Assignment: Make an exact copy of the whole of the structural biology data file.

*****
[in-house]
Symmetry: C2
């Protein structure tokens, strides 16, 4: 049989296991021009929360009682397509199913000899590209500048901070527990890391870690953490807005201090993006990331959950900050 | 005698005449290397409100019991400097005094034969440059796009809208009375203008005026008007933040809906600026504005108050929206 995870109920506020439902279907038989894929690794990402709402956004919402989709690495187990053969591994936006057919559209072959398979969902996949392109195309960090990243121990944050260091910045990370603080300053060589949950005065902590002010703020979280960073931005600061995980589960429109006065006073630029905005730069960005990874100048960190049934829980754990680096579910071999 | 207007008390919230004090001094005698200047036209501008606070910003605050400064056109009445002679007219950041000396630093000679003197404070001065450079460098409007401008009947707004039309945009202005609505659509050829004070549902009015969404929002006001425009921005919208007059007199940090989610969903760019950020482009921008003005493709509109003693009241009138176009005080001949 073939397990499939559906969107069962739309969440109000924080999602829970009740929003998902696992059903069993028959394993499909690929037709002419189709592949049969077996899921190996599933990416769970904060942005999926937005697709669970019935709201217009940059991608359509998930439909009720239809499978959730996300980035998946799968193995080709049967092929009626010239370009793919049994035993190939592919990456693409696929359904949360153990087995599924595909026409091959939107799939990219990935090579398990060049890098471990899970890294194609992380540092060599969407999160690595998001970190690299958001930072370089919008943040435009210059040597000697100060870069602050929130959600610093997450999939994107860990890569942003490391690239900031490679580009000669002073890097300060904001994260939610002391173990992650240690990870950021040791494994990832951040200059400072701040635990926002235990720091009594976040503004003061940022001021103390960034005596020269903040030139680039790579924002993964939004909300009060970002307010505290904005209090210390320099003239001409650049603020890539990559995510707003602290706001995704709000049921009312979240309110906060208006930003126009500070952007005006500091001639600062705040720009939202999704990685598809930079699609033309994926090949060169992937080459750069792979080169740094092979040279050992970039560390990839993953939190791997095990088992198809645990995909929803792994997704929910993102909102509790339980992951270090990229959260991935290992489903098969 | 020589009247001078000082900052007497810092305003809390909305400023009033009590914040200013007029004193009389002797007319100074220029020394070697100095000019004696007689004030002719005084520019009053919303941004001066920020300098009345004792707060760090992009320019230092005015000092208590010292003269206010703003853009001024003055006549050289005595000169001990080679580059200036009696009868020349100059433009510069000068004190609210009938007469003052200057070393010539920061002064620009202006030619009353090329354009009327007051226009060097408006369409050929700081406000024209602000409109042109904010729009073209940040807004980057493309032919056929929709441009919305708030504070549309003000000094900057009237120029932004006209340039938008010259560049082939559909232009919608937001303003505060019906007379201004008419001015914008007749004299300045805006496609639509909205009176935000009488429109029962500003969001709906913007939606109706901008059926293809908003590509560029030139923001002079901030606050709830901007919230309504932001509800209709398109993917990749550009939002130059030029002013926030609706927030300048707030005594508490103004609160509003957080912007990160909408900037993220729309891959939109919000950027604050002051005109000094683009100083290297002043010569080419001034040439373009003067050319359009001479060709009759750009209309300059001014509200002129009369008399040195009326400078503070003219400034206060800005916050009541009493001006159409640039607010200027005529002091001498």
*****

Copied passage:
[in-house]
Symmetry: C2
């Protein structure tokens, strides 16, 4: 049989296991021009929360009682397509199913000899590209500048901070527990890391870690953490807005201090993006990331959950900050 | 005698005449290397409100019991400097005094034969440059796009809208009375203008005026008007933040809906600026504005108050929206 995870109920506020439902279907038989894929690794990402709402956004919402989709690495187990053969591994936006057919559209072959398979969902996949392109195309960090990243121990944050260091910045990370603080300053060589949950005065902590002010703020979280960073931005600061995980589960429109006065006073630029905005730069960005990874100048960190049934829980754990680096579910071999 | 207007008390919230004090001094005698200047036209501008606070910003605050400064056109009445002679007219950041000396630093000679003197404070001065450079460098409007401008009947707004039309945009202005609505659509050829004070549902009015969404929002006001425009921005919208007059007199940090989610969903760019950020482009921008003005493709509109003693009241009138176009005080001949 073939397990499939559906969107069962739309969440109000924080999602829970009740929003998902696992059903069993028959394993499909690929037709002419189709592949049969077996899921190996599933990416769970904060942005999926937005697709669970019935709201217009940059991608359509998930439909009720239809499978959730996300980035998946799968193995080709049967092929009626010239370009793919049994035993190939592919990456693409696929359904949360153990087995599924595909026409091959939107799939990219990935090579398990060049890098471990899970890294194609992380540092060599969407999160690595998001970190690299958001930072370089919008943040435009210059040597000697100060870069602050929130959600610093997450999939994107860990890569942003490391690239900031490679580009000669002073890097300060904001994260939610002391173990992650240690990870950021040791494994990832951040200059400072701040635990926002235990720091009594976040503004003061940022001021103390960034005596020269903040030139680039790579924002993964939004909300009060970002307010505290904005209090210390320099003239001409650049603020890539990559995510707003602290706001995704709000049921009312979240309110906060208006930003126009500070952007005006500091001639600062705040720009939202999704990685598809930079699609033309994926090949060169992937080459750069792979080169740094092979040279050992970039560390990839993953939190791997095990088992198809645990995909929803792994997704929910993102909102509790339980992951270090990229959260991935290992489903098969 | 020589009247001078000082900052007497810092305003809390909305400023009033009590914040200013007029004193009389002797007319100074220029020394070697100095000019004696007689004030002719005084520019009053919303941004001066920020300098009345004792707060760090992009320019230092005015000092208590010292003269206010703003853009001024003055006549050289005595000169001990080679580059200036009696009868020349100059433009510069000068004190609210009938007469003052200057070393010539920061002064620009202006030619009353090329354009009327007051226009060097408006369409050929700081406000024209602000409109042109904010729009073209940040807004980057493309032919056929929709441009919305708030504070549309003000000094900057009237120029932004006209340039938008010259560049082939559909232009919608937001303003505060019906007379201004008419001015914008007749004299300045805006496609639509909205009176935000009488429109029962500003969001709906913007939606109706901008059926293809908003590509560029030139923001002079901030606050709830901007919230309504932001509800209709398109993917990749550009939002130059030029002013926030609706927030300048707030005594508490103004609160509003957080912007990160909408900037993220729309891959939109919000950027604050002051005109000094683009100083290297002043010569080419001034040439373009003067050319359009001479060709009759750009209309300059001014509200002129009369008399040195009326400078503070003219400034206060800005916050009541009493001006159409640039607010200027005529002091001498």